Former parishioners of the defunct St. Peter Claver Catholic Church in Philadelphia have filed an appeal to reverse a relegation decree signed by Archbishop Nelson Perez on December 9, one which would have opened the property up for a potential sale.
Perez’s notice was set to go into effect on January 23, permanently closing the 130-year-old church, known as the mother church for Black Catholics in the city—having been the first local Black parish overall.
“Archbishop Perez in fact lacks the necessary ‘grave cause’ under canon law necessary to permanently close the church,” supporters said in a statement released last month.
“The only reason the archdiocese is seeking to eliminate the church is in order to cash in on the valuable real estate upon which it sits.”
Brody Hale, a Massachusetts-based attorney who has worked to fight Catholic church closures around the country, is assisting the former parishioners of St. Peter Claver in their appeal. He has specifically honed in on the examples of closed or endangered churches being given over to Catholic laypeople for independent operation, including the Archdiocese of Philadelphia.
In a six-page letter addressed to Perez on December 15, St. Peter Claver’s supporters detailed their case, arguing that the archdiocese has worked to “undermine the efforts” of those “seeking to retain St. Peter Claver Church as a Catholic chapel or shrine.”
Among those working toward that goal were Adrienne Harris and William Holmes, who in 2019 formed the Advocates and Descendants fo St. Peter Claver as a nonprofit that could potentially manage the restored property.
Harris has been among the most vocal supporters of the church since its initial closure in 1985, and the later suppression of the St. Peter Claver Center for Evangelization (SPCCE). The latter entity held monthly Masses and other events on the property until being shuttered by Archbishop Charles Chaput, OFM Cap. in 2014.
“The archdiocese ignored the recommendation of its own Sites and Boundaries report. They want to get rid of St. Peter Claver and get paid. The history of this church is of no importance to the Archdiocese of Philadelphia,” Harris told BCM.
“We are prepared to take our cause to the Pope, the Vatican or whoever. The fight goes on.”
Originally built in 1842 as a Presbyterian church in the City Center neighborhood, the property was sold roughly a half-century later to African-American Catholics, who had raised money for a house of worship following experiences of anti-Black racism elsewhere in the archdiocese.
The hopefuls received financial support from local heiress (and future saint) Katharine Drexel, and the new parish was dedicated with a Mass preached by Venerable Augustus Tolton, the nation’s first openly Black Catholic priest.
As a result of a deal Drexel made during the fundraising efforts, the parishioners transferred ownership of the building to the Holy Ghost Fathers and the archdiocese gave the church canonical status. In recent years, the archdiocese itself acquired the property and has sought a buyer.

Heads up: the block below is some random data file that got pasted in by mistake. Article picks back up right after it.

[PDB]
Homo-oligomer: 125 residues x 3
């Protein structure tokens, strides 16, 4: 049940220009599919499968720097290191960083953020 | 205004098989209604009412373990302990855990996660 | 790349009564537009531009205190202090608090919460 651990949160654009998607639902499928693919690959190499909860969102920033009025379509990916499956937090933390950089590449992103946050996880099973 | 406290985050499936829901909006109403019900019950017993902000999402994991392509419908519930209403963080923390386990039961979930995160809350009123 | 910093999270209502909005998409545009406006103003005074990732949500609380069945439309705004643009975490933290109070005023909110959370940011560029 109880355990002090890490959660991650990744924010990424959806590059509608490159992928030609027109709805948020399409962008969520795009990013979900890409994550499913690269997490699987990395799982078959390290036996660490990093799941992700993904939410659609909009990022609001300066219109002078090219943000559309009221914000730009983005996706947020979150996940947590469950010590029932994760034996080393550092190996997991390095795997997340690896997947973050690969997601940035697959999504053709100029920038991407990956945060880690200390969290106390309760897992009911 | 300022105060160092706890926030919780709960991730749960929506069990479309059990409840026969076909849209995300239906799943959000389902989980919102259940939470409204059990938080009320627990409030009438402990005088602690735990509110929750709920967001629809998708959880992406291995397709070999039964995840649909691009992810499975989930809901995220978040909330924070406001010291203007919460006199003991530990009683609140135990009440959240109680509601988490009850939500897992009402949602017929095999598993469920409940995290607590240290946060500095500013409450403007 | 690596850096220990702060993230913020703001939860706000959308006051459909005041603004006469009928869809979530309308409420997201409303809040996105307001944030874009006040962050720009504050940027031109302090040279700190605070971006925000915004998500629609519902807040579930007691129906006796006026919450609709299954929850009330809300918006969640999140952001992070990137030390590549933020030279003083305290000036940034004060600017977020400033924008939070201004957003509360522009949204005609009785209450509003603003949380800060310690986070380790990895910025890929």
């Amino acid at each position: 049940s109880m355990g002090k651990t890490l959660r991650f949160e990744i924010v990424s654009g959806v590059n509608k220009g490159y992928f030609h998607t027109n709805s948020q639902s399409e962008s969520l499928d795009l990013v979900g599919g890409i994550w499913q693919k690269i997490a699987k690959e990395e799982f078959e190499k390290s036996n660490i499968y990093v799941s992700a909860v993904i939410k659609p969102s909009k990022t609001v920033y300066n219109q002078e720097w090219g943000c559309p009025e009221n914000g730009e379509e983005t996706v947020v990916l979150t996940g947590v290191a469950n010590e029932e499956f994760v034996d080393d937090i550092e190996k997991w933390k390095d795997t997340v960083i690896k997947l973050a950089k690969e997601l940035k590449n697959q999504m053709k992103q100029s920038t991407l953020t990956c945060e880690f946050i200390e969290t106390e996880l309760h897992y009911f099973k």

According to Hale and other supporters of St. Peter Claver, Catholic canon law stipulates that the sale of a church should ideally be to a party “which will continue to use it as a Catholic sacred space”—an option said to have been presented to the archdiocese in late 2020. That came after a previous attempt to relegate the parish to “sordid, but not profane use” by Chaput in March 2019 was rescinded just months later, in view of the possibility of retaining the property as a Catholic worship site.
It is alleged that the archdiocese rejected the offer made in 2020, which would have involved the subsequent donation of the building to the Advocates and Descendants group.
“The developer in question was told during this meeting that under no circumstances would the sale of St. Peter Claver Church to any party be permitted unless it was relegated to profane but not sordid use, something clearly in and of itself a violation of the jurisprudence of the Holy See,” last month’s letter to Perez reads.
As with many other recent Black parish closures, the Philadelphia archdiocese has maintained that demographic shifts necessitated the closure of the SPCCE, and that repairs on the church and adjacent rectory would cost an estimated $1.3 million.
“It is envisioned that a sale of these properties by the Archdiocese would generate funds dedicated to supporting ongoing ministry to Black Catholics through the Office for Black Catholics,” Perez said in a statement released on December 11.
The archdiocese did not respond to a request for comment concerning the pending appeal.
St. Peter Claver’s supporters remain skeptical of the archbishop’s intentions, and maintain that the archdiocese has not done its due diligence according to canon law. Should their appeal succeed, it would be the second such experience for a Black Catholic parish in the past decade-plus, following the reversal of the closure of St. Adalbert Catholic Church in Cleveland in 2012. That decision came ultimately came from the Vatican after years of canonical procedures.
“Those appealing this latest effort by the Archdiocese of Philadelphia to close St. Peter Claver Church state that the actions of Archbishop Perez follow a 37-year pattern on the part of five successive archbishops of Philadelphia to ignore the desires of Black Catholics to honor and preserve the community’s history,” Harris told BCM.
“Those fighting the closure of St. Peter Claver Church are determined to stand against this racial insensitivity, and prevent the loss of another piece of our nation’s Black history.”
Nate Tinner-Williams is co-founder and editor of Black Catholic Messenger, a seminarian with the Josephites, and a ThM student with the Institute for Black Catholic Studies at Xavier University of Louisiana (XULA).